The “Red River Showdown” Continues! – Blockader Encases Arm in Concrete and Shuts Down Work on KXL

Activists with the Great Plains Tar Sands Resistance are at it again with another creative action as part of their ongoing resistance to shut down Keystone XL construction in Oklahoma. Today’s action is the continuation of a series of rolling actions as part of the “Red River Showdown” to defend our waterways from tar sands sludge.

Read more about Monday’s action here. Follow live updates from today’s creative action on the organization’s website.


UPDATE Friday, 2PM: Fitzgerald is out of jail! He was charged with a Class B Misdemeanor, Criminal Trespassing.


UPDATE 9:10 AM: Firefighters have extracted Fitzgerald and he’s now in police custody. Please show your support with a generous donation to his legal fund.

UPDATE 8:49 AM: Another fire rescue vehicle on scene, officer just commanded “everyone not involved in emergency services, back off now!” and workers retreated slightly.

UPDATE 8:30 AM: Half a dozen work trucks, four police cars (3 sheriffs and 1 state trooper), four cops, four firefighters, 2 EMTs, one fire truck and a fire rescue truck on scene. Special fire department equipment truck just arrived; large group of officials crowded around Fitzgerald.

UPDATE 7:42 AM: Sheriff on scene.

Red River Showdown
BREAKING:  Lula, OK—Thursday, April 25, 7:30AM -A protester with the group Great Plains Tar Sands Resistance has stopped construction of the Keystone XL pipeline by locking his arm into a concrete capsule buried directly in the pipeline’s proposed path. Fitzgerald Scott, 42, is the first African American to risk arrest while physically blockading TransCanada’s dangerous tar sands pipeline, and the second person to take action this week. On Monday a 61 year old man locked himself to a piece of construction equipment effectively shutting down another Oklahoma pipeline construction site. This week of action, called the “Red River Showdown,” is intended to protect the Red River, which marks the border between Oklahoma and Texas and is a major tributary of the Mississippi.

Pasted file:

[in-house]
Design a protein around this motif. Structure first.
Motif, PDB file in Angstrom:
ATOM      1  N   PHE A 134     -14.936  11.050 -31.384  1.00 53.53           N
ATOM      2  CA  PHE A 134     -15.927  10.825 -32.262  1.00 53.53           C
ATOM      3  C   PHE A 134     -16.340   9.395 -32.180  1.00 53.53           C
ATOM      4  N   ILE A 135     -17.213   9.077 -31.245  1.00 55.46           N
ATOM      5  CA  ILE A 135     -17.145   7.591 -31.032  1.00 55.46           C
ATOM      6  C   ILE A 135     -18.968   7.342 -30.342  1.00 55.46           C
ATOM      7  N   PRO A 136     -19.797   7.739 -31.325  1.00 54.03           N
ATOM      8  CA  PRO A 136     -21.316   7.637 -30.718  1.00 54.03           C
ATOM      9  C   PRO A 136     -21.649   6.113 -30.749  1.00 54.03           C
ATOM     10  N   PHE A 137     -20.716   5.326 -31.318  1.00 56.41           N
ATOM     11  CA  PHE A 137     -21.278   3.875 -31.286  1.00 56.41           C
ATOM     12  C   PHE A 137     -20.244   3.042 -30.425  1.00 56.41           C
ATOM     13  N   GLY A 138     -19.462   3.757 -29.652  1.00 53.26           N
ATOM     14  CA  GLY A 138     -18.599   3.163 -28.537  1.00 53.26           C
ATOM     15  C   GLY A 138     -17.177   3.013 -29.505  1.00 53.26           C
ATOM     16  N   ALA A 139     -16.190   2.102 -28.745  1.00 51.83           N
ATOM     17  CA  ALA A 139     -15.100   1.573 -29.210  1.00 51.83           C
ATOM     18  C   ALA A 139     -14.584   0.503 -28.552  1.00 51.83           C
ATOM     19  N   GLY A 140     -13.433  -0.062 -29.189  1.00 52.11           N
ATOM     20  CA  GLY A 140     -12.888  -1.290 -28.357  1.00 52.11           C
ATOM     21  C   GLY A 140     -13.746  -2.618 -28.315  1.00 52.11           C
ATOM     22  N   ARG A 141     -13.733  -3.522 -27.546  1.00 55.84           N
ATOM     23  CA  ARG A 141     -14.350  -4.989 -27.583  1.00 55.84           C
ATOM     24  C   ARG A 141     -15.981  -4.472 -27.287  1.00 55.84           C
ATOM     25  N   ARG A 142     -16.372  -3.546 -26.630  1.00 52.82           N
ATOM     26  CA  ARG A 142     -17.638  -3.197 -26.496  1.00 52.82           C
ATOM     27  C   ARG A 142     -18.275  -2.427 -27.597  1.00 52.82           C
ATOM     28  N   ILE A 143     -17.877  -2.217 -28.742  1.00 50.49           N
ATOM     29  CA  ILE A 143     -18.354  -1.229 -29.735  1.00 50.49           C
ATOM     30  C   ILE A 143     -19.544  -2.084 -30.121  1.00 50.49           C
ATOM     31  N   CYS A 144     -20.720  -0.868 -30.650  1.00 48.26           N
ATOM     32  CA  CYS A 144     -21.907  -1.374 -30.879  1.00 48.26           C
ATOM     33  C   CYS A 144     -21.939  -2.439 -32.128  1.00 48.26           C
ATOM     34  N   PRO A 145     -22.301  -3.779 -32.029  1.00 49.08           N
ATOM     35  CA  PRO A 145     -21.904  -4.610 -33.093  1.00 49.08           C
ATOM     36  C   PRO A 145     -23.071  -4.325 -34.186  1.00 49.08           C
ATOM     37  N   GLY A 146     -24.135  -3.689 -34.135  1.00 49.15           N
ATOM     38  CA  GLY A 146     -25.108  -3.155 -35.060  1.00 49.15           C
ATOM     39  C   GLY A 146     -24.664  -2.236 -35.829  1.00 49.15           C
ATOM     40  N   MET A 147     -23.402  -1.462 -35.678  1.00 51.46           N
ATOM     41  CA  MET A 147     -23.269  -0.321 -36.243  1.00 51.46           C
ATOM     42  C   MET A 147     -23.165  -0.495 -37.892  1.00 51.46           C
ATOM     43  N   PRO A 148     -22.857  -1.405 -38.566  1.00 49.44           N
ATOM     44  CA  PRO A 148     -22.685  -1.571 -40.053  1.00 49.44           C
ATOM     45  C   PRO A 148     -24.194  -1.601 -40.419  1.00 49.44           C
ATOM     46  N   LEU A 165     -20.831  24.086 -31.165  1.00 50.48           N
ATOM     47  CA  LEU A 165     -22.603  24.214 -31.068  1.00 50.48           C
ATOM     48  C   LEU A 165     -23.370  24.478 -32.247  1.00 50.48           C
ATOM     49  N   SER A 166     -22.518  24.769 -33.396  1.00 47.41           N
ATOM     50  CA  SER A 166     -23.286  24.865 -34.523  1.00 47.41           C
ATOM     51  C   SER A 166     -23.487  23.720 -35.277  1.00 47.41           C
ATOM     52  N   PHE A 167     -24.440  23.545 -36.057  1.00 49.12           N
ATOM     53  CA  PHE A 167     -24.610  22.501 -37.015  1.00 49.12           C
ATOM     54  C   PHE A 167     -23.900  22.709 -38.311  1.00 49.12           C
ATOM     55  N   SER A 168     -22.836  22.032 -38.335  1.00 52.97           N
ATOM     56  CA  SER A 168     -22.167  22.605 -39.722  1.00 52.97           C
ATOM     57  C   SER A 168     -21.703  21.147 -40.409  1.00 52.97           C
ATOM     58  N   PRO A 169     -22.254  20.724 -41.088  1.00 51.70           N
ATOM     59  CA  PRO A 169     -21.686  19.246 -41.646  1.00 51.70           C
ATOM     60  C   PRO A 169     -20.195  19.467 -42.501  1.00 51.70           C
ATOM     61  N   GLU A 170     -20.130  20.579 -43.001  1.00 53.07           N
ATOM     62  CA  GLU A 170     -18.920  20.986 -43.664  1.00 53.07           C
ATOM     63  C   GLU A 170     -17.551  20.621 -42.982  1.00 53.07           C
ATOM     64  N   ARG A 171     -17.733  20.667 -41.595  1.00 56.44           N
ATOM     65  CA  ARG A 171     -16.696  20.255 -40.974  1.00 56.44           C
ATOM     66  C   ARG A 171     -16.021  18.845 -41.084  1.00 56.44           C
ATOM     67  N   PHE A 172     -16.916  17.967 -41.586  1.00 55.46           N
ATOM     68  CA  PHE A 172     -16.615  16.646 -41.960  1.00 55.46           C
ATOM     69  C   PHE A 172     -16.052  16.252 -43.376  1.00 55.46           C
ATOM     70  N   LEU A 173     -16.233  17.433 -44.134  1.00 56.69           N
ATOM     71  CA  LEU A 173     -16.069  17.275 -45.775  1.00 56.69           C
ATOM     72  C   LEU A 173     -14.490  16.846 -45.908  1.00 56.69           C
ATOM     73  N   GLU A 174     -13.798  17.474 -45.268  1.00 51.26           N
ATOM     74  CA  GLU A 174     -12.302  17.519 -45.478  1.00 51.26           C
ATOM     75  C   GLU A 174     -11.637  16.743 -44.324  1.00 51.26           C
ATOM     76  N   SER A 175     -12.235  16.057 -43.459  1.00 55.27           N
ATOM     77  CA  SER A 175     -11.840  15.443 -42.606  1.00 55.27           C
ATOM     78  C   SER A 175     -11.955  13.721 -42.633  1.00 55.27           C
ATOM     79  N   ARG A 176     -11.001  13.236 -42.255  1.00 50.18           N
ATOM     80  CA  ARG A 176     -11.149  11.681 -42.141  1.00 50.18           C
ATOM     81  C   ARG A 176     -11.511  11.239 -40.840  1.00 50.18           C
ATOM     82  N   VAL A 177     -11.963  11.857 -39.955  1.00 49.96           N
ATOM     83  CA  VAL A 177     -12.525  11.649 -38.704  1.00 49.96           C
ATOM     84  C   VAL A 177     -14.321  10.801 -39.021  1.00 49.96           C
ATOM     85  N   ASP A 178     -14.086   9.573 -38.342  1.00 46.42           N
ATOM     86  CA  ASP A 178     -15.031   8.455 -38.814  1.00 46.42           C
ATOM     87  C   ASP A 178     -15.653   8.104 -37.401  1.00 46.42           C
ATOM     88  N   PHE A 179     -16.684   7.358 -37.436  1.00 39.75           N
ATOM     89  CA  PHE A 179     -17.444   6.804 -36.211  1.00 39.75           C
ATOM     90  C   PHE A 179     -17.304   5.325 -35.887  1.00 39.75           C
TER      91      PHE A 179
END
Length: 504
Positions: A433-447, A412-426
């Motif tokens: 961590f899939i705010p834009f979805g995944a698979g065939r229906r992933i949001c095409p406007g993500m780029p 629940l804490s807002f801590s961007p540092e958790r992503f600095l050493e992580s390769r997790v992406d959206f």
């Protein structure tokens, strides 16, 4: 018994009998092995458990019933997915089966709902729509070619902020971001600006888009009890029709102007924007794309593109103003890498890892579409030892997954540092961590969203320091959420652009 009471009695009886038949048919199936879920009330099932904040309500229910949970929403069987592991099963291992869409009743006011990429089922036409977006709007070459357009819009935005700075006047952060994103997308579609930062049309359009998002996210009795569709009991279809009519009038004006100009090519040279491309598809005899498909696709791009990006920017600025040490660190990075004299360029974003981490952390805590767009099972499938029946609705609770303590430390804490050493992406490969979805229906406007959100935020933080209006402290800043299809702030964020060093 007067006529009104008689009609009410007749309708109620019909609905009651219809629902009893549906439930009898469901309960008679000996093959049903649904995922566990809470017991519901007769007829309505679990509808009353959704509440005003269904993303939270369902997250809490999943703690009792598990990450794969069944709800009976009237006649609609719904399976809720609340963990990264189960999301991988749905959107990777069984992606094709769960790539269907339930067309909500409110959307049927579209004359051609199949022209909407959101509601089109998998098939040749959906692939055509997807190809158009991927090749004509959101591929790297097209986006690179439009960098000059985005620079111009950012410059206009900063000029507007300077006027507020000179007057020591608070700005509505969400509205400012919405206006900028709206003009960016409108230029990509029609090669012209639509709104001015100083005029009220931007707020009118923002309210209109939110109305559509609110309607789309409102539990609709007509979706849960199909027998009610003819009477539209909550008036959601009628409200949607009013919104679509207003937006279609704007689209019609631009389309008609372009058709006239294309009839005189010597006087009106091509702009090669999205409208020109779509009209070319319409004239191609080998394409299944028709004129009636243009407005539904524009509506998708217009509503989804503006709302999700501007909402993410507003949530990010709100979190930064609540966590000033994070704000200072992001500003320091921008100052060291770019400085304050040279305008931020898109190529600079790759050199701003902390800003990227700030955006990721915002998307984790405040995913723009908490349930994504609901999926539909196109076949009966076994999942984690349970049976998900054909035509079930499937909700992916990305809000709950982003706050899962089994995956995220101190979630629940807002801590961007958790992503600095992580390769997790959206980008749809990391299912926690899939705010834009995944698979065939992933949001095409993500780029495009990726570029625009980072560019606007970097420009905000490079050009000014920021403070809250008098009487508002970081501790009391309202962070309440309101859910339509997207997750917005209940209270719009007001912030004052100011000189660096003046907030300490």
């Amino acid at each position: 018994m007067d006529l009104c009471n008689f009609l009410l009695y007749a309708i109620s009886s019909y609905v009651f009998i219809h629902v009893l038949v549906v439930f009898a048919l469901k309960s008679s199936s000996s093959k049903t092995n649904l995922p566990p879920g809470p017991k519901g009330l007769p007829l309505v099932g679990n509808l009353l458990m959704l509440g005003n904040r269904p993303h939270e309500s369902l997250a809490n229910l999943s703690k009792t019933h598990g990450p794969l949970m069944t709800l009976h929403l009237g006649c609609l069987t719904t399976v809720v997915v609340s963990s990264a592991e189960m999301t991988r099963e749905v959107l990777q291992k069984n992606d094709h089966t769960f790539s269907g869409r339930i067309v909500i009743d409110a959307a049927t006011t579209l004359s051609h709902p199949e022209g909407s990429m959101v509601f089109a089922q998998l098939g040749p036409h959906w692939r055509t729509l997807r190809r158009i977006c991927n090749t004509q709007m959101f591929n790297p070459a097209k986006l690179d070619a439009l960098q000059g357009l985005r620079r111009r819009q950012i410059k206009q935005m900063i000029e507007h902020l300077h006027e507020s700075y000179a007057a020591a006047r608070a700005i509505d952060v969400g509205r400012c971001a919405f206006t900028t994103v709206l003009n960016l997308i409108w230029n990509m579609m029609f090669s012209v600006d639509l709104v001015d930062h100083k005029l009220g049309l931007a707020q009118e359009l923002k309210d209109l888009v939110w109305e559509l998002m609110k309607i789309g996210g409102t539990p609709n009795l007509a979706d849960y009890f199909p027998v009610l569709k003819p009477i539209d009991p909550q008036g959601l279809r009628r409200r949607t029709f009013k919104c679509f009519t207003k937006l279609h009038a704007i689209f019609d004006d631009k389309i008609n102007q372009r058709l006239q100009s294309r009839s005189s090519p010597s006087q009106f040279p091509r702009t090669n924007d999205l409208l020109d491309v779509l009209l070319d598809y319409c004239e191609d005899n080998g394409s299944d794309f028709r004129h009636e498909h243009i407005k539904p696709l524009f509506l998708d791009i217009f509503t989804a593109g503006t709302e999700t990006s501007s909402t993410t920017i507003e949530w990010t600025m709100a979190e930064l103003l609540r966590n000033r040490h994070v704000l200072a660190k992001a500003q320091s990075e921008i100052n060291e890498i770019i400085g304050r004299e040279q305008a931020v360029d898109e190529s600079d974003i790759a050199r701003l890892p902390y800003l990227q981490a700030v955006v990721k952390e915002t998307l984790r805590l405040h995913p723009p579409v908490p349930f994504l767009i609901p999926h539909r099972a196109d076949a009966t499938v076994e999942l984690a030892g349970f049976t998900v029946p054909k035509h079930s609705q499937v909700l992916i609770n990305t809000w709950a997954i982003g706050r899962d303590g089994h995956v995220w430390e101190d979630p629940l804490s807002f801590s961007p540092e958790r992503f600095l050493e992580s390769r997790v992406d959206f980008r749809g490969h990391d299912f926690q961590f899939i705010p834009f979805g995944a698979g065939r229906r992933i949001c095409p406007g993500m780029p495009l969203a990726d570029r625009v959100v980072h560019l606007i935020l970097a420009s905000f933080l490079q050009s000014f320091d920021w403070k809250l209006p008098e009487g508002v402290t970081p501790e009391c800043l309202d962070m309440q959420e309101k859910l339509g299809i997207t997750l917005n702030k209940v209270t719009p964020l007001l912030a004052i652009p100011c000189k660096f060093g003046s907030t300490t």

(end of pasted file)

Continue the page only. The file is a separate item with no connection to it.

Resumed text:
The site Scott has blockaded is a wetland area where crews are attempting to lay sections of the Keystone XL tar sands pipeline directly into the marshy waters. An undetected pinhole leak at this location would cause cancer causing chemicals to mix directly into the local community water table.


Scott, who has a master’s degree in urban planning from the University of Illinois, Chicago, is a longtime activist for social and environmental justice. While organizing against Keystone over the past five months, Scott has met many people struggling to protect their homes from TransCanada’s abuse of eminent domain.

“I am doing this for the people who don’t have the financial resources to protect themselves from a bully like TransCanada,” explained Scott. “Imagine how much worse it is for them – like the mostly
African American neighborhood in Winona, TX, where protesters with the Tar Sands Blockade found holes in welds of the pipeline section that runs right behind a children’s playground, and neither TransCanada nor the government will do anything about it!”

As construction on the southern portion of Keystone XL nears two thirds completion, no regulators or politicians show any willingness to halt the project or even inspect those faulty welds. According to George Daniel, spokesperson for Great Plains Tar Sands Resistance, “Scott’s action sends a clear message: because every other avenue has failed to stop this deadly project, we will blockade – all summer and on into the fall, if that’s what it takes.”

Today’s action comes just a few weeks after the devastating tar sands spill in Mayflower, Arkansas, which has left communities across Oklahoma and Texas terrified that they may be the next victims of reckless industry practices. Survivors of the spill in Mayflower have reported nausea, blurred vision, vomiting, and black outs caused by the same blend of raw tar and poisonous chemical solvents that will be transported through Keystone XL.

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